I am curious what the go-to reverb types are for the front of the mix, the middle of the mix, and the back of the mix?
I know this is up for debate depending on the type of music you are mixing, but I am curious what people would generally use for the front, the middle, and the back of a mix. For example, I know plates are great for the front of the mix, a room is likely a good choice for the middle, and a hall is probably great for the back of a mix…
Would love to hear everyones thoughts!
I’m still learning to use reverb types too and I think it is a great question. Maybe a chamber will fit better than a room for the middle because it sounds more musical ?
It is also as you say down to the genre and even individual taste. I like big cathedral type lush reverbs, but then really tightly controlled with sidechaining and EQ. I am doing trance, so everything to me is an anthem!!
I am doing Trance too and some reverbs on leads and pads can be like 5 to maybe 12 seconds long. And even if my main melodies are played by leads, I want to send them in a big/huge reverb like a hall. So yes it depends with the style also I think.
On those leads, I use 2 sidechains. One to get the reverb out of the way of the kick and one to get them out of the way of the transient of the lead itself. I create an exact duplicate of the main reverb FX channel to keep the lead in the same ‘room’, then sidechain the newly duplicated FX channel to the lead I am sending to it. This allows the initial attack of the notes to not be washed away with reverb. Then it’s just about how much sidechaining so that you get the lush reverb, but without it becoming a mush…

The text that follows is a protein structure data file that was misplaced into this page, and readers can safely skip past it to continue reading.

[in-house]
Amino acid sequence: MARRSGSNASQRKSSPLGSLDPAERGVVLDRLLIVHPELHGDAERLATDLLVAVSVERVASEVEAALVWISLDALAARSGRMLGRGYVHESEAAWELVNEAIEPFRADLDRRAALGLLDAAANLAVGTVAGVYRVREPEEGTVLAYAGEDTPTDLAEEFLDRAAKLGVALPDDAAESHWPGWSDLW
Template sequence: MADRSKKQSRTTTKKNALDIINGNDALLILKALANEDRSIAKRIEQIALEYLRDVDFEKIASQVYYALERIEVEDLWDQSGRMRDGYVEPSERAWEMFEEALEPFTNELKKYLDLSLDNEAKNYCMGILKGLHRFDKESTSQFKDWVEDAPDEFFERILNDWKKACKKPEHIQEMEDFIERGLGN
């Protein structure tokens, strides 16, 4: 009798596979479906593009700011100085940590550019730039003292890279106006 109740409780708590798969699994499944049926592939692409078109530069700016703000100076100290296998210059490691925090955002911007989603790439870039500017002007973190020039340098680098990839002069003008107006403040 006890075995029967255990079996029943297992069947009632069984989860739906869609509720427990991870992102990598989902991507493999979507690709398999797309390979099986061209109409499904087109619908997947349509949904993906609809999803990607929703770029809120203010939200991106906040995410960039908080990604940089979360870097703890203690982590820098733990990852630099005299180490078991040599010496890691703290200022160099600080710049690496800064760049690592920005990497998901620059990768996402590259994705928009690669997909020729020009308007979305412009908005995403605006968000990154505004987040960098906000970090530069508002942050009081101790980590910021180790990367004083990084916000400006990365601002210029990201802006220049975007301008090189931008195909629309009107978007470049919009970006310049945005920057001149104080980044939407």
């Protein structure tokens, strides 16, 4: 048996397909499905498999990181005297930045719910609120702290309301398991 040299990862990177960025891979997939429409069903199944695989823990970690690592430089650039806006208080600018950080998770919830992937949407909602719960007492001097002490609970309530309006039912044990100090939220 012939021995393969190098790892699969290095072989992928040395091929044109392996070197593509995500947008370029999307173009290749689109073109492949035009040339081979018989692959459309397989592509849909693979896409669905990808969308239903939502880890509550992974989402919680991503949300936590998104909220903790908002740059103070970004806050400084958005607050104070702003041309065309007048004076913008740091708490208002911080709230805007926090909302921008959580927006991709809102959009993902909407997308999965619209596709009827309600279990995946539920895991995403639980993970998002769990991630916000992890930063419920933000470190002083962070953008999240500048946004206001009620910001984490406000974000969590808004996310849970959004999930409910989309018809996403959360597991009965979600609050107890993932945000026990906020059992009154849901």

- plates are great as they have no depth - 2D
- rooms with no late reflections are great for the front, reverb without the depth
- small rooms are also good for front or that space in-between front and middle.
- chambers are great for front of middle
- large rooms and medium halls are great for the middle
- large halls and cathedrals - I like to use convolution reverbs for the back, the natural response creates more perceived depth compared to its algorithmic counterparts.
Other things I keep in mind when programming reverbs; in general, the further away the sound, the softer the attack, the more defused and the more high frequencies are rolled off. Sounds that are emanating from a distance are also mono, so if your large hall is not sitting in the back of your mix, try narrowing the stereo width on the reverb or using a mono reverb.